It’s about time American policy makers and intellectuals review the myth that Islamists or Muslim “extremists” are innately anti-American.  Sunni Muslim “extremist” Mujahedeen fighters, including Osama bin Laden, were America’s allies during the 1980s war against the Soviet invasion of Afghanistan. In Iraq, Shiite Muslim “extremist” Mahdi Army militia joined the American battle to overthrow the Saddam regime.

Muslim political activism, secularist or Islamist, revolves around what the activists believe to be the interest of their societies or communities.  Bin Laden, who sided with the United States in the anti-Soviet Afghan war, sponsored the 9/11 attacks on America because he and other Saudi Islamists were  outraged by the deployment of American troops  in Saudi Arabia, following the 1991 Operation Desert Storm.  I learned this during two research trips to Saudi Arabia in the 1990s .  Russian President Vladimir Putin keeps reminding his American interlocutors that 15 of the 19 September 11, 2001, plane hijackers were Saudis.

Many Arabs resent America’s wishy-washy role in the Arab Spring and continued support for repressive autocracies in Bahrain and Saudi Arabia.   They see Secretary of State Hillary Clinton’s visit with Egypt’s Islamist President Muhammad Mursi as recognition of a fait accompli. The administration should reverse course on Syria and get on with organizing international action outside the United Nations to rid Syria of its monstrous dictatorship.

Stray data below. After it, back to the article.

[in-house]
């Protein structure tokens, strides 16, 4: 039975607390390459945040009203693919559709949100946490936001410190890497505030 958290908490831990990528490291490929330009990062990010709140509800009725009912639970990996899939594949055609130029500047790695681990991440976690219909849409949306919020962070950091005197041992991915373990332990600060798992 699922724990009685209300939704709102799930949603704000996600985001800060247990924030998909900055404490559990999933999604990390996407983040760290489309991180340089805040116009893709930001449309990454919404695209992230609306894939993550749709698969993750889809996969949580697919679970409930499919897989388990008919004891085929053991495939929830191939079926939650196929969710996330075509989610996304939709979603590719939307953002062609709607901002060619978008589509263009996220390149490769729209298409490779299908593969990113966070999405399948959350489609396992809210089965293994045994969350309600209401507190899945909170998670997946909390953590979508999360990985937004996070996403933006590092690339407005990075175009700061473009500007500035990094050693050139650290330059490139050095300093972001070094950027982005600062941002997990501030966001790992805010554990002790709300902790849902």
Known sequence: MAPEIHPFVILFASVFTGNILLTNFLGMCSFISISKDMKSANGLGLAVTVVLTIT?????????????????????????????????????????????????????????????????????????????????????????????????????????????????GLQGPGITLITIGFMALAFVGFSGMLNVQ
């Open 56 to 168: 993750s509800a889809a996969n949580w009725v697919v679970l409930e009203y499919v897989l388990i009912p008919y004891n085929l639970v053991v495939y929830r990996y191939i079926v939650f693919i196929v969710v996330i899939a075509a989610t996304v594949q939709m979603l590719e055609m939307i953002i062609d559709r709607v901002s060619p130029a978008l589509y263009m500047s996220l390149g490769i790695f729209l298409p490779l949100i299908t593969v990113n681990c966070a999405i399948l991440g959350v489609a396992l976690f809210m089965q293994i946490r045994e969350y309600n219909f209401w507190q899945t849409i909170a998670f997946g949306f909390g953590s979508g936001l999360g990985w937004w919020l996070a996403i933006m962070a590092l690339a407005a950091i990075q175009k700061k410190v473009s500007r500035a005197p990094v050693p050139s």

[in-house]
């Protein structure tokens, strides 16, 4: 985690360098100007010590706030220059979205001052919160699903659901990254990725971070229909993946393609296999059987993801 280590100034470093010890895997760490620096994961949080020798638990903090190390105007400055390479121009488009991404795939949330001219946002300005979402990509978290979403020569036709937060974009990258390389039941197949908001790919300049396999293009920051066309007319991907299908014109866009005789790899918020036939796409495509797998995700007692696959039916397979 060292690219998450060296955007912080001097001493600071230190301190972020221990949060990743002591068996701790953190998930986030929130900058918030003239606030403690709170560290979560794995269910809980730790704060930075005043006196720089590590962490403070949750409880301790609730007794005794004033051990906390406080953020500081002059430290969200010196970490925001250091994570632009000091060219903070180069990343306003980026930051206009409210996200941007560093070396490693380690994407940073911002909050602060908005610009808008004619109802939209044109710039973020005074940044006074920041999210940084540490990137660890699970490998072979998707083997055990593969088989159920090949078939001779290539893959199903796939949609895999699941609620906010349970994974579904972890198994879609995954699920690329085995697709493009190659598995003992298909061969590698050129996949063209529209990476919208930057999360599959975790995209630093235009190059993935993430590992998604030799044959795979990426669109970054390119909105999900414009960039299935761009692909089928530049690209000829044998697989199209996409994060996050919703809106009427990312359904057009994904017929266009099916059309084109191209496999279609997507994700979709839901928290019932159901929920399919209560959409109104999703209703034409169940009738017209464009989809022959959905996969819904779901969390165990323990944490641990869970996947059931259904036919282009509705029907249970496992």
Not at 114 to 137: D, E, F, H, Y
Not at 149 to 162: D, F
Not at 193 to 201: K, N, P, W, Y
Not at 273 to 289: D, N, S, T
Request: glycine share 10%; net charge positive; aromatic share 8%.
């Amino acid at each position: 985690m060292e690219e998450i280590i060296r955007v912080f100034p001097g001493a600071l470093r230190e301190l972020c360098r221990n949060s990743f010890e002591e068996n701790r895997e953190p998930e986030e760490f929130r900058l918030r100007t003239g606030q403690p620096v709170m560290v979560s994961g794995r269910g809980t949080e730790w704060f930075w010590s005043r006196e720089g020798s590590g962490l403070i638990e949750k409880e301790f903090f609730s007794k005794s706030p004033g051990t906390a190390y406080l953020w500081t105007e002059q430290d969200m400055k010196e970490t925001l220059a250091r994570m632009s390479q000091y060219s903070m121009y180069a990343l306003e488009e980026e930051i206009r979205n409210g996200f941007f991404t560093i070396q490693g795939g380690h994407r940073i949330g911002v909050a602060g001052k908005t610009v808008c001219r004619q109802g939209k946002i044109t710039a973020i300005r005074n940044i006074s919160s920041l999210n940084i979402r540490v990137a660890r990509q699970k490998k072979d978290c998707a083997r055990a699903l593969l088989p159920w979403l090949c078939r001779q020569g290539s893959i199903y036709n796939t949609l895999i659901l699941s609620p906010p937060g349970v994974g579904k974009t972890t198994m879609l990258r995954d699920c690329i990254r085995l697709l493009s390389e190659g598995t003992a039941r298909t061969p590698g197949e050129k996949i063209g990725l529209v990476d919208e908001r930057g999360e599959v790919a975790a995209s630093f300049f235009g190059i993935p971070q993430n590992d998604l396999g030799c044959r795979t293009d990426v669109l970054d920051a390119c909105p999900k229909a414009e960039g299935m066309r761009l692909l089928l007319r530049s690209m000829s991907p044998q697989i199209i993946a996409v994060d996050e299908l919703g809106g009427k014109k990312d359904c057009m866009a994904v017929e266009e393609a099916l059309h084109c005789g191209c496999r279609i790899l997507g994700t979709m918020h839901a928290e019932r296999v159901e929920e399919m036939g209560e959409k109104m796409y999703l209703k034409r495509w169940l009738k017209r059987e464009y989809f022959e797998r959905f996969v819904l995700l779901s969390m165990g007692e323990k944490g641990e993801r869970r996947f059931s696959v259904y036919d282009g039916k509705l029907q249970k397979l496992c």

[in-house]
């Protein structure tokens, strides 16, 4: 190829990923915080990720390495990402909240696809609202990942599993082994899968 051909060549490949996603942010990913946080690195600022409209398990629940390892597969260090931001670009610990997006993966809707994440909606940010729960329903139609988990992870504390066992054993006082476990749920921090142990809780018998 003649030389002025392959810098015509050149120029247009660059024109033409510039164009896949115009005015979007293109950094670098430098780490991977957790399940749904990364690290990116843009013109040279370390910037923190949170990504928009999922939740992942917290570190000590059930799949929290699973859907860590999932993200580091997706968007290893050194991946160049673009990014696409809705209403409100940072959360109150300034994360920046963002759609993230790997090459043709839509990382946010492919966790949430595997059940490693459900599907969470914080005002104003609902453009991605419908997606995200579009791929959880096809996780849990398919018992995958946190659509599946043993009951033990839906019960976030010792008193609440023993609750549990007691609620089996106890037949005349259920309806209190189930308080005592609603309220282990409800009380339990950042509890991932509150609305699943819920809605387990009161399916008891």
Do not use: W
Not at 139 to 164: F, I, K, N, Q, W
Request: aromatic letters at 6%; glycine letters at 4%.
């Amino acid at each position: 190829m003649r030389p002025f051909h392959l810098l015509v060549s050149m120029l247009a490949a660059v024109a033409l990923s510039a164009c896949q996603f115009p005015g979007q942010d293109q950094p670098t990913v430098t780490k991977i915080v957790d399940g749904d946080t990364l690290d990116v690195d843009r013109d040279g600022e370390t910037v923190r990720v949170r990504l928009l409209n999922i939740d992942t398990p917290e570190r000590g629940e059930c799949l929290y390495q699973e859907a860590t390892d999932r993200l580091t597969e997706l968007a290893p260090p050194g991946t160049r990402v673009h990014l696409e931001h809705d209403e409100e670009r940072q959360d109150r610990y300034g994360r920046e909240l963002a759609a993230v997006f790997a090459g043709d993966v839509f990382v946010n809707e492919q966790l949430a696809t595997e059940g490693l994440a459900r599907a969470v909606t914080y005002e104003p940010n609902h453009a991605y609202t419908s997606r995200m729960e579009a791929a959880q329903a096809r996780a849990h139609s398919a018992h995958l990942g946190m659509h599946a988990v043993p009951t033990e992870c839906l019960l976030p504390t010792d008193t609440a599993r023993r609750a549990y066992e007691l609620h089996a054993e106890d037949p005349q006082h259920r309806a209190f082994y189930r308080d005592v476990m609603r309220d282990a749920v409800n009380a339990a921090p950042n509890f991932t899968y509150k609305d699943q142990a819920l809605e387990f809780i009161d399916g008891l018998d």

The effort should be conducted through the Friends of Syria group and begin with supplying the rebels with heavy arms and other necessary equipment through the Saudis, Qataris and others.  A safe haven for the rebels and civilian refugees should be created inside Syria alongside its Turkish border, under NATO air cover.  The campaign against the Syrian regime will require outside financial assistance, which should be provided to opposition forces struggling in Syria, and not to organizations outside.

Meanwhile, in the interest of better understanding between America and Islam, U.S. policy makers should revisit the main lesson from U.S. experience in the Muslim world.   Muslims, secular and Islamist, have no quarrel with America when its policies accommodate their interests. They resist, often to the bitter end, those American policies and actions that hurt their interests and their dignity.

  •  Mustafa Malik, an international affairs columnist in Washington, hosts the blog site Beyond Freedom
Mustafa Malik
Mustafa Malik, the host and editor of the blog Community, worked three decades as an American journalist and as a researcher for U.S. think tanks. He wrote continually for major U.S. and overseas newspapers and journals. He also conducted fieldwork in Western Europe and the Middle East on U.S. foreign policy options, "crisis of liberalism" and Islamic movements.